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Pierce Law Institutes Intellectual Property Amicus Clinic

Aug 3, 2006
Thomas G. Field, Jr.

Although it seemed similar to that long associated with the New Hampshire Appellate Defender clinic, the proposed IP Amicus Clinic had little in common. Most notably, the proposed clinic would not represent clients, much less ones already convicted of serious crimes

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Background

In 1997, with the able assistance of Gary Bridge '99, I wrote an amicus brief supporting the Patent and Trademark Office (PTO) before the Federal Circuit in the landmark Zurko case. Since then, including the Supreme Court sequel, I have filed or joined other professors in submitting amicus briefs in several U.S. Courts of Appeal and the U.S. Supreme Court. Most recently, Richard Castellano '06 and Taylor Evans '07 helped prepare an amicus brief for the eBay case.

Such activities have also encompassed legislative and administrative proceedings. For example, Alicia Novi '07 and Kate Winstanley '07 recently helped prepare a PTO rulemaking petition. It asked that the process for determining qualifications needed to sit for the so-called "patent bar" be opened for public comment.

Long intrigued by the possibility of involving more students, I proposed creation of an IP Amicus Clinic. Encouraged by colleagues and members of our Advisory Committee on IP, we commenced to flesh out the idea.

Few constraints

Although it seemed similar to that long associated with the New Hampshire Appellate Defender clinic, the proposed IP Amicus Clinic had little in common. Most notably, the proposed clinic would not represent clients, much less ones already convicted of serious crimes.

Moreover, the Amicus Clinic can undertake projects—and issues within them—solely as a function of the interests and competence of participants. It can also consider a broader range of issues and influence many kinds of decision makers.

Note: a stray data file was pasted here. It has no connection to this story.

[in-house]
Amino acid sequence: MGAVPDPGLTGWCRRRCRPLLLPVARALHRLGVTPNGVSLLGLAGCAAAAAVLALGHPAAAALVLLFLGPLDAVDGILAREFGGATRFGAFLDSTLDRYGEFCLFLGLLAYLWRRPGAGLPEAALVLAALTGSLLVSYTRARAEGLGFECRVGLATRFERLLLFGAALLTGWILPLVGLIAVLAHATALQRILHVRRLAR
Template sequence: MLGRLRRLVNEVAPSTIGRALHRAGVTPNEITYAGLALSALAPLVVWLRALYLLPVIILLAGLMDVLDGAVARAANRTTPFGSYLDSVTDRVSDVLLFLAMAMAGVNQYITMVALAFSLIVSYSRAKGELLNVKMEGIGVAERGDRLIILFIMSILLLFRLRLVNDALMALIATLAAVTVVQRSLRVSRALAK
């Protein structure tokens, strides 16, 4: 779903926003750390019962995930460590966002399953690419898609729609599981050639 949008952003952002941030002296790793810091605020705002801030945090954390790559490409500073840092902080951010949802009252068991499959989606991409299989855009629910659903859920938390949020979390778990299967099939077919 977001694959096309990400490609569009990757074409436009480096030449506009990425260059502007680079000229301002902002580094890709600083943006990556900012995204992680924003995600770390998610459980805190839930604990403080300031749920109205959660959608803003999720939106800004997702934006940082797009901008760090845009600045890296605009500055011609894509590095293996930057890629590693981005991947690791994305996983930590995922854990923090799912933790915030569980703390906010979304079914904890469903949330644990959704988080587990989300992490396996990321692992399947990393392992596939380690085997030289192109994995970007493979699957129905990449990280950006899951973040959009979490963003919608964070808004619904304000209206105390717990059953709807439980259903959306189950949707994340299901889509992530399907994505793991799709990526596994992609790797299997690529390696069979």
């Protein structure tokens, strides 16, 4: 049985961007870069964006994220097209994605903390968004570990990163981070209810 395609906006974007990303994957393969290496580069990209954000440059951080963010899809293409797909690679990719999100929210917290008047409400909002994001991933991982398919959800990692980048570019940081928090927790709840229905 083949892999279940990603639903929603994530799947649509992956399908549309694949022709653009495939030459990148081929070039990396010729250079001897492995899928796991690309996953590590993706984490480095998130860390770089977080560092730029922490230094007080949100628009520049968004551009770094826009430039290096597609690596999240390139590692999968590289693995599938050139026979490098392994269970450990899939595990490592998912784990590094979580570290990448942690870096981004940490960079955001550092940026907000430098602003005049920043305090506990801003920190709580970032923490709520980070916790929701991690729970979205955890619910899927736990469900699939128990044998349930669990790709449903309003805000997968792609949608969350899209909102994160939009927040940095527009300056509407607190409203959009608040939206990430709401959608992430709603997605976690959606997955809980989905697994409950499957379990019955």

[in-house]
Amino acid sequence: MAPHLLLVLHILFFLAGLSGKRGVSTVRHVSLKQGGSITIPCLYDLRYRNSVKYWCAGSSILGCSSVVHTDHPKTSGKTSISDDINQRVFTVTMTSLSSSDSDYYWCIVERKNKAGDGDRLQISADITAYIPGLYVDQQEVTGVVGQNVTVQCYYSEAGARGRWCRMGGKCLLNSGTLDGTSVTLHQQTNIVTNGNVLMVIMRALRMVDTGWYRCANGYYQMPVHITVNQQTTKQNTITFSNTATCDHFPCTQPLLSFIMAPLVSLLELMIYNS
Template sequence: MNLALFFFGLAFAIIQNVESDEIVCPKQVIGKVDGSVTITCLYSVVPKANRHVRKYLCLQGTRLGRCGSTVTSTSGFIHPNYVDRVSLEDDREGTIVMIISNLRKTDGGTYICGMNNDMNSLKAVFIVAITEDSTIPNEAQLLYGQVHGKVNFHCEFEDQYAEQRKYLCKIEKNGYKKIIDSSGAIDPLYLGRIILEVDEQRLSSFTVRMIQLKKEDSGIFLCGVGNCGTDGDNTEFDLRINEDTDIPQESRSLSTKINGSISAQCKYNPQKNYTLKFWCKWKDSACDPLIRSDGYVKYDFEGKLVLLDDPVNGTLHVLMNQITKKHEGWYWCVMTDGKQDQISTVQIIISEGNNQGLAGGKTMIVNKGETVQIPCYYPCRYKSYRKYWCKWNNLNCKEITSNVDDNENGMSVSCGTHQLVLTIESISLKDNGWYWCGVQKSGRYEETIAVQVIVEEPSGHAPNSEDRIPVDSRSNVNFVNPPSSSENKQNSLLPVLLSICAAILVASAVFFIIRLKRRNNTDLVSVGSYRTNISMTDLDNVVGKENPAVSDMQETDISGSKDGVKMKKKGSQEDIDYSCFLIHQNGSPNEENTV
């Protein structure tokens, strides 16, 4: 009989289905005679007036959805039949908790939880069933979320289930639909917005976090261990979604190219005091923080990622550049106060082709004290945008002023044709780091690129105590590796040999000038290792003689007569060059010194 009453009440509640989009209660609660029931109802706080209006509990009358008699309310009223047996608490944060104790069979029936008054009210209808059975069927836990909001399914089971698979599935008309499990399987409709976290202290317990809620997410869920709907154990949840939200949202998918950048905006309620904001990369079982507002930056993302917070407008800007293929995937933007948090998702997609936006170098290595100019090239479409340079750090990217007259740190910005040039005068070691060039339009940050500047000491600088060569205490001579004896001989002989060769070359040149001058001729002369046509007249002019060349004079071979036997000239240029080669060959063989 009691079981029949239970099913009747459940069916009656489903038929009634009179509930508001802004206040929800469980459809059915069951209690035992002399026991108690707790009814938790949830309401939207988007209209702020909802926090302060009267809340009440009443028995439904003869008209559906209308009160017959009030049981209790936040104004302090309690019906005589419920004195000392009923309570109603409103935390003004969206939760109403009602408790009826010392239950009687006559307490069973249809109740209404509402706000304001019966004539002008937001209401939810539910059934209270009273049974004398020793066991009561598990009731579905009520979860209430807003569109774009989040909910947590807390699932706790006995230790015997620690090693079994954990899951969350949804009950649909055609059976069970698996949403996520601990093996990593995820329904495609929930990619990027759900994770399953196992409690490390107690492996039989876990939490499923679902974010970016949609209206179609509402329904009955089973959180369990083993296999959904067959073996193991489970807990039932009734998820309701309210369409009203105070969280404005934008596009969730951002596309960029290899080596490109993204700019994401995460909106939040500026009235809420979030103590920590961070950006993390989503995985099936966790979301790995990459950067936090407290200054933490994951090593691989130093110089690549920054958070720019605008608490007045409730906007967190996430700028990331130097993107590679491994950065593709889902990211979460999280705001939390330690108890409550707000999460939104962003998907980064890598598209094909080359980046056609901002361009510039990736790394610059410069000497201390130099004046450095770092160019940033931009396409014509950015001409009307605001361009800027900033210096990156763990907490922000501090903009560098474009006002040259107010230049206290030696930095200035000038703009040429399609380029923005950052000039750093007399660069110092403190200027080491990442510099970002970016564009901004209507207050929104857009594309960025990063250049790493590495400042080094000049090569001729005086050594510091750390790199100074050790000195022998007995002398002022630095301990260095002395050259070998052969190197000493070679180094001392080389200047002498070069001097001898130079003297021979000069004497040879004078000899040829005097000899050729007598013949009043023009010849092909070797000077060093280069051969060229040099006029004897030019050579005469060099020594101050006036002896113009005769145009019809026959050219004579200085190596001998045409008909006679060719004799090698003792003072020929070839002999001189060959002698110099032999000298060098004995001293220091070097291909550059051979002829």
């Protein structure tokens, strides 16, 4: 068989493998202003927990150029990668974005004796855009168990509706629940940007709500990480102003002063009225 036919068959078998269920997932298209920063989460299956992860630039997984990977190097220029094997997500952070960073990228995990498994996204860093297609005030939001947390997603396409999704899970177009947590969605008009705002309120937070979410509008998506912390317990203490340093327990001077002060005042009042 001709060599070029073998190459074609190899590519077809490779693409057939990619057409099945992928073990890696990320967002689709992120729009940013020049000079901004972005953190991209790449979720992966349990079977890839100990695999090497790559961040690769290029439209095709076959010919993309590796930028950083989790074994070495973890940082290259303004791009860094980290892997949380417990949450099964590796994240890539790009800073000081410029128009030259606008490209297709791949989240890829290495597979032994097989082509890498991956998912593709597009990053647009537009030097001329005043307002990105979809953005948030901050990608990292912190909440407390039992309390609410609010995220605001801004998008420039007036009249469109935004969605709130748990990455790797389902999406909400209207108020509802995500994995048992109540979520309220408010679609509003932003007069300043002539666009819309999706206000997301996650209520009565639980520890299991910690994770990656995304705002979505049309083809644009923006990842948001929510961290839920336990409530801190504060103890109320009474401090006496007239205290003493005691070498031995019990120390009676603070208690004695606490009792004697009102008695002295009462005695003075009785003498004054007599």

To make the most of such opportunities, we decided to seek two highly-qualified senior assistants to help supervise student participants and identify matters warranting our participation. In return, those assistants would be appointed as Graduate Fellows and have their LLM tuition waived.

The following brief descriptions of our 2006–07 Fellows demonstrate that we have been favored with outstanding success. J. Scott Anderson, the more senior of the two, holds a BS in mechanical engineering from the Tennessee Technological University and was an engineer before attending law school. Since graduating cum laude from the Georgia State University College of Law in 1994, his practice has spanned administrative, trial and appellate work. Currently a senior associate in the Intellectual Property Group of Alston & Bird in Atlanta, GA Anderson aspires to teach after completing our program.



Mary Anne Copeland, the other distinguished Graduate Fellow, came strongly recommended by Lars Smith LLM '98 who now teaches at Louis D. Brandeis School of Law at the University of Louisville. Copeland, one of his students, has just completed work for her JD at Brandeis School of Law and also holds a BA in biology from the University of Louisville. Among her many distinctions, she counts chairing the Brandeis Honor Council and being president of the Brandeis Student Bar Association during her senior year.



Looking to the future

First, we hope that readers will nominate equally outstanding Graduate Fellows for 2007–08 and beyond. Second, we welcome suggestions with good potential for providing Pierce Law students with hands-on training in analytical, persuasive writing — as well as to immerse them in the foundations of a strong intellectual property system. Third, we also welcome suggestions for potential sponsors to support the Graduate Fellows beyond tuition waivers now offered.

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